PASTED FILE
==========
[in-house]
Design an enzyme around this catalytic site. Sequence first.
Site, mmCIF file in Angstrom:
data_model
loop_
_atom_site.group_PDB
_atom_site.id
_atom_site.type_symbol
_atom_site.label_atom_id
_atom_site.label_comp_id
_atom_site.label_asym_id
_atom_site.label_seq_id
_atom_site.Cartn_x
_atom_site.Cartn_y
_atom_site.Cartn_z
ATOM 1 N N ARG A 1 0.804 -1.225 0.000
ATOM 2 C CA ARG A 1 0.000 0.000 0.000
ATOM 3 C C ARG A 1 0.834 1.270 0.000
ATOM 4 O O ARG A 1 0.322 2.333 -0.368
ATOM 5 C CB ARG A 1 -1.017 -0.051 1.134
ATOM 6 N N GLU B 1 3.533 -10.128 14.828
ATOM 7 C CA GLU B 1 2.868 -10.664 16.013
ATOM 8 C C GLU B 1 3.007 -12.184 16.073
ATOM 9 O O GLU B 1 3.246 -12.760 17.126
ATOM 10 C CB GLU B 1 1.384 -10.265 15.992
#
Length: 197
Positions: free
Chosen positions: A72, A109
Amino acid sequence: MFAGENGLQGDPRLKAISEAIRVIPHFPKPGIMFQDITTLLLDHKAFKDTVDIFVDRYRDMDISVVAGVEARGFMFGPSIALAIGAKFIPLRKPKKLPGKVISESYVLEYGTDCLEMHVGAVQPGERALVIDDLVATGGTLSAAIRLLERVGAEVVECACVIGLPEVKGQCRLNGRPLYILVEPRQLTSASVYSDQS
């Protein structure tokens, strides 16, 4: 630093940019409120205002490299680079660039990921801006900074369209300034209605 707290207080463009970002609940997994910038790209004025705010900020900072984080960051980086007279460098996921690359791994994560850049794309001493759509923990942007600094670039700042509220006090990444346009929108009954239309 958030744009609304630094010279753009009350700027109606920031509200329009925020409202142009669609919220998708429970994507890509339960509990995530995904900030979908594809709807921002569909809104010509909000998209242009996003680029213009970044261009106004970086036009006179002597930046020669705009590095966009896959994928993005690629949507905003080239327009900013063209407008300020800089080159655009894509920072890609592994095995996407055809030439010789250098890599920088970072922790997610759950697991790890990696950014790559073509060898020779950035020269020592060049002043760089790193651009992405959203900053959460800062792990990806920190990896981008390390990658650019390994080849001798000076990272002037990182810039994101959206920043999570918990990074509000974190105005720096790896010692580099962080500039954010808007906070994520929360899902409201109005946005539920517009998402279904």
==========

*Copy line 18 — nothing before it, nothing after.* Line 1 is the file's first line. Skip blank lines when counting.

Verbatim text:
ATOM 3 C C ARG A 1 0.834 1.270 0.000